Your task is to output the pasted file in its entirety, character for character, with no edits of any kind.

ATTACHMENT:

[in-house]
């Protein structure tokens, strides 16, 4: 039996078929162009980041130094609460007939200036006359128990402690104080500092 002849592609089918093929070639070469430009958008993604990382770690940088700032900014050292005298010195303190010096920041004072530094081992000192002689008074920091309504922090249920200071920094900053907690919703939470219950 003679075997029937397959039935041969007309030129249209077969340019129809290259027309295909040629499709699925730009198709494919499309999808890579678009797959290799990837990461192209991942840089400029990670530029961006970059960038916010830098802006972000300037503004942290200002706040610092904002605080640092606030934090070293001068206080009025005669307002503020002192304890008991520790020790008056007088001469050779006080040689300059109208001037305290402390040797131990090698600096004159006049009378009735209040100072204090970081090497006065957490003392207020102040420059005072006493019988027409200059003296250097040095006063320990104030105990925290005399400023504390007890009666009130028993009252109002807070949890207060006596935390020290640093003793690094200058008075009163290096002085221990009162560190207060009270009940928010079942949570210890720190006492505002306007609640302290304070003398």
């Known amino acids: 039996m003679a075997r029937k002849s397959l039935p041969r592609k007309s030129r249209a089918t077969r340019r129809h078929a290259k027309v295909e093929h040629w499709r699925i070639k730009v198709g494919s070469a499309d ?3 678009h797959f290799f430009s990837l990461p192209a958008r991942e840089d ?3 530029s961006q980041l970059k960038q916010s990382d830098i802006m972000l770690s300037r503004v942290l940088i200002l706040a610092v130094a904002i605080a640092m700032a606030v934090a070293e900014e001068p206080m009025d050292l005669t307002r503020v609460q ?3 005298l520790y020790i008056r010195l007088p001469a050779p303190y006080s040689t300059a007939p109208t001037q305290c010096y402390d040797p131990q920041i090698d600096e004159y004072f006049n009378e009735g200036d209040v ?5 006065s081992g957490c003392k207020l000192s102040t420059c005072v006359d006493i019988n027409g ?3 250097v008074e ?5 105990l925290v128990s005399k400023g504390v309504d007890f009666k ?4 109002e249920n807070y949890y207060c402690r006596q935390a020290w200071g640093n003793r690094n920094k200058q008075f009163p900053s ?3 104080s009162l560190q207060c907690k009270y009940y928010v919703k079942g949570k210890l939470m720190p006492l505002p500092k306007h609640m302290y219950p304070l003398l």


[in-house]
């Protein structure tokens, strides 16, 4: 039996078929162009980041130094609460007939200036006359128990402690104080500092 002849592609089918093929070639070469430009958008993604990382770690940088700032900014050292005298010195303190010096920041004072530094081992000192002689008074920091309504922090249920200071920094900053907690919703939470219950 003679075997029937397959039935041969007309030129249209077969340019129809290259027309295909040629499709699925730009198709494919499309999808890579678009797959290799990837990461192209991942840089400029990670530029961006970059960038916010830098802006972000300037503004942290200002706040610092904002605080640092606030934090070293001068206080009025005669307002503020002192304890008991520790020790008056007088001469050779006080040689300059109208001037305290402390040797131990090698600096004159006049009378009735209040100072204090970081090497006065957490003392207020102040420059005072006493019988027409200059003296250097040095006063320990104030105990925290005399400023504390007890009666009130028993009252109002807070949890207060006596935390020290640093003793690094200058008075009163290096002085221990009162560190207060009270009940928010079942949570210890720190006492505002306007609640302290304070003398």
């Known amino acids: 039996m003679a075997r029937k002849s397959l039935p041969r592609k007309s030129r249209a089918t077969r340019r129809h078929a290259k027309v295909e093929h040629w499709r699925i070639k730009v198709g494919s070469a499309d ?3 678009h797959f290799f430009s990837l990461p192209a958008r991942e840089d ?3 530029s961006q980041l970059k960038q916010s990382d830098i802006m972000l770690s300037r503004v942290l940088i200002l706040a610092v130094a904002i605080a640092m700032a606030v934090a070293e900014e001068p206080m009025d050292l005669t307002r503020v609460q ?3 005298l520790y020790i008056r010195l007088p001469a050779p303190y006080s040689t300059a007939p109208t001037q305290c010096y402390d040797p131990q920041i090698d600096e004159y004072f006049n009378e009735g200036d209040v ?5 006065s081992g957490c003392k207020l000192s102040t420059c005072v006359d006493i019988n027409g ?3 250097v008074e ?5 105990l925290v128990s005399k400023g504390v309504d007890f009666k ?4 109002e249920n807070y949890y207060c402690r006596q935390a020290w200071g640093n003793r690094n920094k200058q008075f009163p900053s ?3 104080s009162l560190q207060c907690k009270y009940y928010v919703k079942g949570k210890l939470m720190p006492l505002p500092k306007h609640m302290y219950p304070l003398l």